Tumor initiation, growth, and metastatic progression are complex processes that, in order to be successful, require extraordinary cellular plasticity. Accordingly, tumor cell plasticity and how it affects disease progression have been studied extensively. However, as our understanding of the tumor microenvironment deepens, we are confronted with the notion that functional plasticity in the context of cancer is not limited to tumor cells alone but is also commonly seen in normal stromal cells of the microenvironment, and specifically in immune cells. Here, we review the functional plasticity these cells exhibit in the context of cancer, highlighting the role of circulating and tumor-associated neutrophils. We further discuss how this plasticity supports or limits tumor progression, inducing an "immunosuppressive switch" to promote further tumor growth and development.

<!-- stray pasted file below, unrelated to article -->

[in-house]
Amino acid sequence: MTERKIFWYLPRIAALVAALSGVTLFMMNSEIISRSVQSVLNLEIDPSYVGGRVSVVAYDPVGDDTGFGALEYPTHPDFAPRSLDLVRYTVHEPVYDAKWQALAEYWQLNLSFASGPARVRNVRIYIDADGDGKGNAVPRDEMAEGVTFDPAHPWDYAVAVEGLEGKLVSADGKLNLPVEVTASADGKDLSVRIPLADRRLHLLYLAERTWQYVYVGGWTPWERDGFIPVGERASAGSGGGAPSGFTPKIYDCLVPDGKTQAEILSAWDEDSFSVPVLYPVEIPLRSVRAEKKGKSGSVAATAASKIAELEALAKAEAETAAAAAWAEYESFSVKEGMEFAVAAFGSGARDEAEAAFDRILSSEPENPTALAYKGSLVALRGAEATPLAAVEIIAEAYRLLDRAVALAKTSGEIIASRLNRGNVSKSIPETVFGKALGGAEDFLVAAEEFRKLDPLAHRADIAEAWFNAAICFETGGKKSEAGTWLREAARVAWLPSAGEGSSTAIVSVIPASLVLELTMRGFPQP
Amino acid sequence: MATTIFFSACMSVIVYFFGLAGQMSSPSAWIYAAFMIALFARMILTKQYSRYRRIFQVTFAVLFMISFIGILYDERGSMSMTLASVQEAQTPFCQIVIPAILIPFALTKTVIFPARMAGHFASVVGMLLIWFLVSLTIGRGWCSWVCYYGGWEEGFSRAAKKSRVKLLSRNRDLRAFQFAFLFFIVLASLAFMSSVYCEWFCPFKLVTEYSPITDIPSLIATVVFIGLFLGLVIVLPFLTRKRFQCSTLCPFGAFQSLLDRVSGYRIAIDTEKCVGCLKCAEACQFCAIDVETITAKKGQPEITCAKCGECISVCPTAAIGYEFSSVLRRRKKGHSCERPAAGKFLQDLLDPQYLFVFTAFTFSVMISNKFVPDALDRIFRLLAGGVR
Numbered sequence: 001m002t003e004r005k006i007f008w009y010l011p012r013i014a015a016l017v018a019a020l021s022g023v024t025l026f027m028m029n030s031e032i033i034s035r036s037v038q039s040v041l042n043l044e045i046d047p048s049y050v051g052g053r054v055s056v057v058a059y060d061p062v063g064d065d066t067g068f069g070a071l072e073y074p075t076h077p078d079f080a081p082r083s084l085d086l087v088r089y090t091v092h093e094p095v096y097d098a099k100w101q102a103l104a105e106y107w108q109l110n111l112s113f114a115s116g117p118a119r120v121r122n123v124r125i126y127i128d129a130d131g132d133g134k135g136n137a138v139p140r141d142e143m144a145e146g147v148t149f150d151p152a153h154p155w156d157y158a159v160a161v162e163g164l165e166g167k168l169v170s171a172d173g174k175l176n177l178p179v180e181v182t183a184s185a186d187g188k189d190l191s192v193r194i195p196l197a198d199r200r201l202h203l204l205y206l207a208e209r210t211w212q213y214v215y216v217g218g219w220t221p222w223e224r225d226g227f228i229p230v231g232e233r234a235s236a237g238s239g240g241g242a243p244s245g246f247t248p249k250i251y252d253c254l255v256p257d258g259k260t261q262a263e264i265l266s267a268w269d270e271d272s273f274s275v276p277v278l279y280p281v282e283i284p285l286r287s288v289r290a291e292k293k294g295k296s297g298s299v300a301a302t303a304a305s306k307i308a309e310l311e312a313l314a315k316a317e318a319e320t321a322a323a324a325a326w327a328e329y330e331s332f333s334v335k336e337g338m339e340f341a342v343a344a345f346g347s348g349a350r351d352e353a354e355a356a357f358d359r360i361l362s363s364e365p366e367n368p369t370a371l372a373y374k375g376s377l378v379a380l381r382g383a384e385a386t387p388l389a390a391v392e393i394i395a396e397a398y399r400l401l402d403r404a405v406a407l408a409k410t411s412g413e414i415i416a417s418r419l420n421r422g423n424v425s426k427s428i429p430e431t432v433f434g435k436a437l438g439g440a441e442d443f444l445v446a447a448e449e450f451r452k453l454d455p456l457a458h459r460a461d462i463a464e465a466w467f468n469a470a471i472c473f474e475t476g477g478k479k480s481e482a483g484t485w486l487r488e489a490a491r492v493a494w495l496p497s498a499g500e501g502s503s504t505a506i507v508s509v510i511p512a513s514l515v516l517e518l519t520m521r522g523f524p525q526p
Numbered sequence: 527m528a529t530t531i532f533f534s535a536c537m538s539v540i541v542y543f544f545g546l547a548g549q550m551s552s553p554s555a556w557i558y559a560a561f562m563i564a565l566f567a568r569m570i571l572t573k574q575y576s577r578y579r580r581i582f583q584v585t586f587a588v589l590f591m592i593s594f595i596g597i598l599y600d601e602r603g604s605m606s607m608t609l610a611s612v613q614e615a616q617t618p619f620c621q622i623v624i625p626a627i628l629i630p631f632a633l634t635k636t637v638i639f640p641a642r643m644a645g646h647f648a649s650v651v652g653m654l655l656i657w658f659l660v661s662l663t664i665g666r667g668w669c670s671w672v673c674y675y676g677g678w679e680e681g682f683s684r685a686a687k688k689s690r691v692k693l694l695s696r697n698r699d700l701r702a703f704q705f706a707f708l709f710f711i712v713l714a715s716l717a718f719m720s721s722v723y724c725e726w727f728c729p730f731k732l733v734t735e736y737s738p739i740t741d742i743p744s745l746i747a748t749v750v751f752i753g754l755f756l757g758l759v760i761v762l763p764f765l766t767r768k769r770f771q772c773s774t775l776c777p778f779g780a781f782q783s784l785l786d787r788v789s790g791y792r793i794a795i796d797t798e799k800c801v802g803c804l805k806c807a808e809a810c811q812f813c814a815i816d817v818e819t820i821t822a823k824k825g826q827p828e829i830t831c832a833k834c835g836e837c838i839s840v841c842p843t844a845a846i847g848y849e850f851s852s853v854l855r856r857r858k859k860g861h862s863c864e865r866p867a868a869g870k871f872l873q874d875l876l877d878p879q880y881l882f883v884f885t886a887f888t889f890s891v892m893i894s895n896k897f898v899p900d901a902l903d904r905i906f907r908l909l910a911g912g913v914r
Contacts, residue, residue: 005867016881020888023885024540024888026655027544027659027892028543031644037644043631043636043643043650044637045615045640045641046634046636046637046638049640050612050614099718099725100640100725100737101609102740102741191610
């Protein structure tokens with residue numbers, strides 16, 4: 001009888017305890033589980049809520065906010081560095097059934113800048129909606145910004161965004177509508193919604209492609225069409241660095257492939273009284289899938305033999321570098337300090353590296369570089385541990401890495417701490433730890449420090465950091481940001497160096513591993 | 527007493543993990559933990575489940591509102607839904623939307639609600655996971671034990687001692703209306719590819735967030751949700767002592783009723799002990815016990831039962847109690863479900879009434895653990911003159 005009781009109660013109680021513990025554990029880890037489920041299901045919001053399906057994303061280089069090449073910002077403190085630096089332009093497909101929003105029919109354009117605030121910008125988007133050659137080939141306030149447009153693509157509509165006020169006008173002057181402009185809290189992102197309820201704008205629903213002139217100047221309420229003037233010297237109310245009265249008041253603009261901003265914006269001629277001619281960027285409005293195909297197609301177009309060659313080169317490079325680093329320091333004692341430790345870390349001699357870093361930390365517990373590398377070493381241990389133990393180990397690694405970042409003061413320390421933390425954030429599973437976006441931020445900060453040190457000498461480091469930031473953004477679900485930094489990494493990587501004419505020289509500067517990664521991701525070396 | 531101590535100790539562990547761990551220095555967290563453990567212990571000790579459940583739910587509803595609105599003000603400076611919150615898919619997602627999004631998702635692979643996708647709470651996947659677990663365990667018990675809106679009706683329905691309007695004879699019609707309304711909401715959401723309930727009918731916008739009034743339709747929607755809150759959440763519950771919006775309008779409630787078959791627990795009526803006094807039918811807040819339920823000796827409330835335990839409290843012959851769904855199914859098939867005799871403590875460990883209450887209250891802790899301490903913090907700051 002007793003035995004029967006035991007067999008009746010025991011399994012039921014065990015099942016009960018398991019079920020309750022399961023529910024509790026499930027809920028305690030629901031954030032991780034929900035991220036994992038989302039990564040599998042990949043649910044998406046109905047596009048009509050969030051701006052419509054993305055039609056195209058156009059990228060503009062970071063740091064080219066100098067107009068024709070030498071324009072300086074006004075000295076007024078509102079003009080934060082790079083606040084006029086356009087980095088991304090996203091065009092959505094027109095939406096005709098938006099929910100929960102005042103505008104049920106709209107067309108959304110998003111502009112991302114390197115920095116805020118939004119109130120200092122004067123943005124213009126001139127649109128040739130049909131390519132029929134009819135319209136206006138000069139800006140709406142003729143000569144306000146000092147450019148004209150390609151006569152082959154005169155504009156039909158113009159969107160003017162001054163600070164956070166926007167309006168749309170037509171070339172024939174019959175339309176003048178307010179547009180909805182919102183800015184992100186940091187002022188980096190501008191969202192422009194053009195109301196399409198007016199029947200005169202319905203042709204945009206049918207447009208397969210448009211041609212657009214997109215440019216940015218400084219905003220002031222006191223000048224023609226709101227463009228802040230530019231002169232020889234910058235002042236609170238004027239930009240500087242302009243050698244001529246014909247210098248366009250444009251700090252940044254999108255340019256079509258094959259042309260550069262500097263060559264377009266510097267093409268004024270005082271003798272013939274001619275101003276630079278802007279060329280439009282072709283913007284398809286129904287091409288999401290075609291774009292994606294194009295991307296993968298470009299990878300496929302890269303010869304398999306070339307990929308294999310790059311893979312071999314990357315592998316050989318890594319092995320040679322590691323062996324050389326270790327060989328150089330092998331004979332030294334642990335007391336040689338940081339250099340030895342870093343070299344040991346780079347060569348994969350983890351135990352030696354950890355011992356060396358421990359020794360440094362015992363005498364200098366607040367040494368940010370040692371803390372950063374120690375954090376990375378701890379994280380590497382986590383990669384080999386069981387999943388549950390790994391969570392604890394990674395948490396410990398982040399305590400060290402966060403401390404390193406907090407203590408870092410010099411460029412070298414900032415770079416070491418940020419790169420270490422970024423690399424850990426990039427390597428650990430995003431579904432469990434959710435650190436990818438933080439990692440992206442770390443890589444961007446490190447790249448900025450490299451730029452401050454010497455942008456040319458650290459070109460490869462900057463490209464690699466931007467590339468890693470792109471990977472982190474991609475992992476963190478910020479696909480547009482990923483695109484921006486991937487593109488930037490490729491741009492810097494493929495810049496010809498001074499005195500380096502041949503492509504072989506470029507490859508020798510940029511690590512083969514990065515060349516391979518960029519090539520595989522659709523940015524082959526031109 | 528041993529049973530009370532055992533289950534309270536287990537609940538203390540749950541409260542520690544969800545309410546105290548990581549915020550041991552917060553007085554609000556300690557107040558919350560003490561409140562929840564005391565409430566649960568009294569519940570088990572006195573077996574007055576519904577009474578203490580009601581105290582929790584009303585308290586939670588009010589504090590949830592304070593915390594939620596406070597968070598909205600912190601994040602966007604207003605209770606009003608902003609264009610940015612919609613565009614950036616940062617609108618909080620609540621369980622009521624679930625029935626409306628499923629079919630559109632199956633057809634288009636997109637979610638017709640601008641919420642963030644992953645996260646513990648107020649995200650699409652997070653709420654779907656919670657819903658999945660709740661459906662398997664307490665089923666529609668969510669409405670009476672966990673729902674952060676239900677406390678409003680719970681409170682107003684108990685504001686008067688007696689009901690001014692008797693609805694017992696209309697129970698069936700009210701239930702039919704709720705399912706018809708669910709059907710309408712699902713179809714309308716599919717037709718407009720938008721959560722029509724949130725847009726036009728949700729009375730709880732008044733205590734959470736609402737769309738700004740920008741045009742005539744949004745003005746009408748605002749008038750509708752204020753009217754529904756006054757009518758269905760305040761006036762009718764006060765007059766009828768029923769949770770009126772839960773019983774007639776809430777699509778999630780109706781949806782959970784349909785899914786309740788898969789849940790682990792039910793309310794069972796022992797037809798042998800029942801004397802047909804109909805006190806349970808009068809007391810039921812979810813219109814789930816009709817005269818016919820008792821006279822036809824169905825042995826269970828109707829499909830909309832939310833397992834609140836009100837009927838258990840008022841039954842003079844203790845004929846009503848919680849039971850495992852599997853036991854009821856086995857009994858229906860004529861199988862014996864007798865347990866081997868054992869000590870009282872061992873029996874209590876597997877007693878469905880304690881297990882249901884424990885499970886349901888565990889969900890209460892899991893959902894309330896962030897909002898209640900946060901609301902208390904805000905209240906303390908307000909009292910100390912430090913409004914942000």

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© 2015 AACR.